Enhancing Capacity For Change
One of the aims of the ICCS group is to improve engagement between researchers, conservation practitioners in the international and local NGO sectors, and businesses developing and implementing corporate biodiversity strategies, in order that scientific research is informed by, and meaningful for, real-world conservation issues. There is a widely recognised problem of a mismatch between academic research and conservation practice, which we are keen to bridge.
We work with governments, NGOs and industry globally to influence policy development, provide robust science-based advice on biodiversity issues, and implement and evaluate biodiversity monitoring programmes. This theme pervades all of our research, and all group members are actively involved in supporting conservation practice, but we also have some specific activities under this theme:
Through our Knowledge Exchange Programme we work with business, facilitating improved two-way communication between conservation scientists and industry, and applying conservation research to help address their specific challenges.
Our Biodiversity Fellows Programme offers NGO, government or business employees working on biodiversity conservation the chance to spend up to 3 months with the ICCS group at the University of Oxford, writing papers, developing ideas or writing grant proposals.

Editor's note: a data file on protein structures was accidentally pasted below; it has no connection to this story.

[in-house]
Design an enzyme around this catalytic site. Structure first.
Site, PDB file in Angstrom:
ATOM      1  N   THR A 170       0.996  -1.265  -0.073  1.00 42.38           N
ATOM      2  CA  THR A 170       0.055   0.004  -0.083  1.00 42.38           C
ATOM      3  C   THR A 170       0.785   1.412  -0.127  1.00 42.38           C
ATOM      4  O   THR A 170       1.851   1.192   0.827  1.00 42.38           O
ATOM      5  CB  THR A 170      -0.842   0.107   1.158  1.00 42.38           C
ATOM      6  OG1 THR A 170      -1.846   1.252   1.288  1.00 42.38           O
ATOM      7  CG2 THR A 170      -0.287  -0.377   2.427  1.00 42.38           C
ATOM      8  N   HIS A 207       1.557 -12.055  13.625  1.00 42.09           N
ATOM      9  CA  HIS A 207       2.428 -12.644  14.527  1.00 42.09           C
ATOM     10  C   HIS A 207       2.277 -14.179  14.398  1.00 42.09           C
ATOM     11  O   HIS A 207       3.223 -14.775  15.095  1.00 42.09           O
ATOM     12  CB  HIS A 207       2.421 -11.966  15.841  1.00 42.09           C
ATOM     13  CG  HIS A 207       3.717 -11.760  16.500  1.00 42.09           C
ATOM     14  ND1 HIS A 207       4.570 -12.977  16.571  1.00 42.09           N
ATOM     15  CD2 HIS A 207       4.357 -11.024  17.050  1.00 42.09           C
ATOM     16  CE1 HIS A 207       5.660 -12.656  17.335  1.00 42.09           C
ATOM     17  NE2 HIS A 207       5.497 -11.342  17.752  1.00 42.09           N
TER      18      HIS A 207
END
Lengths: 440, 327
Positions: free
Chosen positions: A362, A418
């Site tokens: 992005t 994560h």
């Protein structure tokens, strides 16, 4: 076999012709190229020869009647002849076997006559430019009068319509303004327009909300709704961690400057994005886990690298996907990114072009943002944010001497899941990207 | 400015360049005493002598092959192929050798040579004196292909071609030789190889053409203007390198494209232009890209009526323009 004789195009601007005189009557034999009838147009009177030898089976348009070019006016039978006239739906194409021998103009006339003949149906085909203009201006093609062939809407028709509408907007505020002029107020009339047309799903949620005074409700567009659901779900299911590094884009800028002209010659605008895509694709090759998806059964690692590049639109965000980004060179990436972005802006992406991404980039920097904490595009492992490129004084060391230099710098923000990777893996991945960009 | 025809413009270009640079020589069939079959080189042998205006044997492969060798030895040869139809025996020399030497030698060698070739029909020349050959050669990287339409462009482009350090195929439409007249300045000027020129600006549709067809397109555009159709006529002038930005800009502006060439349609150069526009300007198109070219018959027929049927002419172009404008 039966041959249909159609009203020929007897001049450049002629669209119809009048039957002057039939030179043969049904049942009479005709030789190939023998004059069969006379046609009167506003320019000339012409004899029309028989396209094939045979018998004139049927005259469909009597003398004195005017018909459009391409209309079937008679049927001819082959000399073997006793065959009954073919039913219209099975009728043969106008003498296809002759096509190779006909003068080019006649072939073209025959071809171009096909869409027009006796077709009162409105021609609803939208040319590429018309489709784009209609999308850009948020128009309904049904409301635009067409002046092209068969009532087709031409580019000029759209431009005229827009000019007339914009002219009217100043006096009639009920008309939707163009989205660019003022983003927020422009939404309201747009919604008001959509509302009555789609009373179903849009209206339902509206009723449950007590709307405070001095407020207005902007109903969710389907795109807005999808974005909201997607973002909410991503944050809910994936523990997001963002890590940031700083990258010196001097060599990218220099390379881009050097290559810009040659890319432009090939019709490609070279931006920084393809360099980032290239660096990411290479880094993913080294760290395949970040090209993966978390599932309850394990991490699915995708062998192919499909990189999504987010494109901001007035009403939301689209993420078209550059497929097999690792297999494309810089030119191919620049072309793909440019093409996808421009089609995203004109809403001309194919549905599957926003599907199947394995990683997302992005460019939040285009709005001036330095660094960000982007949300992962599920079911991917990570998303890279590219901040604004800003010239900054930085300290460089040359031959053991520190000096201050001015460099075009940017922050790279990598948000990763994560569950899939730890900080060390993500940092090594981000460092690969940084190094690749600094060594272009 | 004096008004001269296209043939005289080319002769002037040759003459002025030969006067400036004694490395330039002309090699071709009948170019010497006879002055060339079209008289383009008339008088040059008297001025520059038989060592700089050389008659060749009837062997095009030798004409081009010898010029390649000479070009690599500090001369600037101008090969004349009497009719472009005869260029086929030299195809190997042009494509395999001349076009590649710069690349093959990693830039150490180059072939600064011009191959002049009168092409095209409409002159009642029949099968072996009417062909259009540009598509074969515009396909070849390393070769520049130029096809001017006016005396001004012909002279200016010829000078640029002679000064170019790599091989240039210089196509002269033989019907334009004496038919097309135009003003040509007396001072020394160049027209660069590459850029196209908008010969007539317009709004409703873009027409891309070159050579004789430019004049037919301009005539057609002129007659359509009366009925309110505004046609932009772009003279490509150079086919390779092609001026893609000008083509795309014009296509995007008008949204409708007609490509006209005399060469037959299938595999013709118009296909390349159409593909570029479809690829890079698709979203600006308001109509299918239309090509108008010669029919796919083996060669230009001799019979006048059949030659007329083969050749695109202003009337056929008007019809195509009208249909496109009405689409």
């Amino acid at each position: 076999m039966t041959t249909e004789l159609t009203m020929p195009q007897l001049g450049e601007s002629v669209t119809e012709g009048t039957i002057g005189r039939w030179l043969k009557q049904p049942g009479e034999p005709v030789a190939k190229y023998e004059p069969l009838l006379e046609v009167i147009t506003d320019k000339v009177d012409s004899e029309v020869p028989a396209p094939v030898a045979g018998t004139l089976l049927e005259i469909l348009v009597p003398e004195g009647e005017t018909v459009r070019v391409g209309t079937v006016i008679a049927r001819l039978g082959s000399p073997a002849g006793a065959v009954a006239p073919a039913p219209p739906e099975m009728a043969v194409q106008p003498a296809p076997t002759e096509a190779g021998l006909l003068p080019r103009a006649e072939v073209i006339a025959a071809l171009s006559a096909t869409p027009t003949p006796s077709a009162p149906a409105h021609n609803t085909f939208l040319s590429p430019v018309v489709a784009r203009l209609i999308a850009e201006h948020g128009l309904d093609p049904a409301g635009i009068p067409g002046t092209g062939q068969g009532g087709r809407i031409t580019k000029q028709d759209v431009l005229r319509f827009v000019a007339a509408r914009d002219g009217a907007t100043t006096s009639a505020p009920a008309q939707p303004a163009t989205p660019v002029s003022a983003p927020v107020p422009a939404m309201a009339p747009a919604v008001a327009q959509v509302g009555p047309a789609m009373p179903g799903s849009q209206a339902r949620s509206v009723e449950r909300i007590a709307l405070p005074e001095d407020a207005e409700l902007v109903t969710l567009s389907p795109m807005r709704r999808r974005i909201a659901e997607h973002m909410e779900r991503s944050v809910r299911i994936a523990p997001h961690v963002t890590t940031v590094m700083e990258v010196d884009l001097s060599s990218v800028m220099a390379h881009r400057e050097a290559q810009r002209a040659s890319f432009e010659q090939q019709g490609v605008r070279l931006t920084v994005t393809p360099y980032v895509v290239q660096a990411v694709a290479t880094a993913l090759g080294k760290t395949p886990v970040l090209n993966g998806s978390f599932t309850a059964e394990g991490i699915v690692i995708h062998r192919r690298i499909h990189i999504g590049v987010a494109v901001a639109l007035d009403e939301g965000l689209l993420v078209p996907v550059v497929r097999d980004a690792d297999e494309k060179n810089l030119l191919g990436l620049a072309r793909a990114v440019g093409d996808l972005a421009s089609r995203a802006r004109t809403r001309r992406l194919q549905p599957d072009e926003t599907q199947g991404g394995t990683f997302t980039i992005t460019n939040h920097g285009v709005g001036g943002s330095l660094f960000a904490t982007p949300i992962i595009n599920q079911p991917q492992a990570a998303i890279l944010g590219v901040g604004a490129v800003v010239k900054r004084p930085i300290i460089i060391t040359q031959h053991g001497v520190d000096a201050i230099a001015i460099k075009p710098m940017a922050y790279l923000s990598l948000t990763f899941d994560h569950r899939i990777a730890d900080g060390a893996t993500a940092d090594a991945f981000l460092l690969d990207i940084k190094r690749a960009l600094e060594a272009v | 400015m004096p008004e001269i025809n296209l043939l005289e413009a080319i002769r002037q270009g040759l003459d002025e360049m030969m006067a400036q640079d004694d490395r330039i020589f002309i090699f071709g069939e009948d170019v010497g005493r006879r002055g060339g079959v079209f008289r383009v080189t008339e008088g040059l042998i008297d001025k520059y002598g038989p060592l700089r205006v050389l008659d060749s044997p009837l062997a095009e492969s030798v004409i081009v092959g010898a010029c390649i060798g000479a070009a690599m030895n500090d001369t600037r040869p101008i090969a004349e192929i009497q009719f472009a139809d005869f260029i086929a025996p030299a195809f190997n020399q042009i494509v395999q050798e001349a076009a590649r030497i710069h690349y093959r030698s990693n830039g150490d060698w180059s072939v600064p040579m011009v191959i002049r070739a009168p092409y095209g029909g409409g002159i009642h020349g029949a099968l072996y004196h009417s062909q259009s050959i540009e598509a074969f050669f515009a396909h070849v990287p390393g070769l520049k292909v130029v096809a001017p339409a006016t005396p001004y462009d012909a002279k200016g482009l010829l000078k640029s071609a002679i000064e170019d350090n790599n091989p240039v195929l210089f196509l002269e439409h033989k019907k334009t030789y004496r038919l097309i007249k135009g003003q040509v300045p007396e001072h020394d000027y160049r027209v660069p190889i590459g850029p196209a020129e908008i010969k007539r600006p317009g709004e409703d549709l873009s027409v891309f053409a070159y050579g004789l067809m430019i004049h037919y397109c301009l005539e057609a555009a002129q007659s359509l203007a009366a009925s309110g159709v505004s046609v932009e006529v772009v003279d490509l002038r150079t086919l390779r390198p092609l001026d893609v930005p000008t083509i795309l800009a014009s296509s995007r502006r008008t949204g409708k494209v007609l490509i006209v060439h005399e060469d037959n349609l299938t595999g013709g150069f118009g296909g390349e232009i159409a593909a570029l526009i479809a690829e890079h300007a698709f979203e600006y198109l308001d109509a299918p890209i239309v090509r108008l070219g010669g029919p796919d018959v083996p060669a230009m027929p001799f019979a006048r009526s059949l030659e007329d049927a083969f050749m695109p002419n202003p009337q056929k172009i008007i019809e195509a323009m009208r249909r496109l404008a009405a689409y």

Through our leadership of the Saiga Conservation Alliance we support in-country conservationists, international conventions (particularly the Convention on Migratory Species and Convention on International Trade in Endangered Species) and governments, with the mission to restore the saiga antelope to its position as the flagship species of the Central Asian and Russian steppe. This includes maintaining a Saiga Resource Centre and publishing a biannual newsletter.
Wild nature is declining rapidly, and the earth’s life support systems are under increasing stress. As nature erodes and the response of human systems is inadequate or destructive, it can seem like the only rational response is despair. Yet if you zoom in from the big picture, a mosaic appears; in amongst the stories of loss there are inspiring stories of regeneration and positive change, with nature making a difference in people’s lives, and people valuing and nurturing their natural environment. These stories are the key to securing our planet’s future; we need to learn from them, replicate them and thereby build a world in which nature and people can coexist. Our mission is telling these stories of conservation optimism — large and small — so as to inspire change.
We strongly support initiatives such as Soapbox Science, which promote women in science and inspire young women to follow a career in STEM-related fields. In fact we were instrumental in bringing the first Soapbox Science event to Oxford in 2016 and again in 2017.
Current members of the group working on this theme include: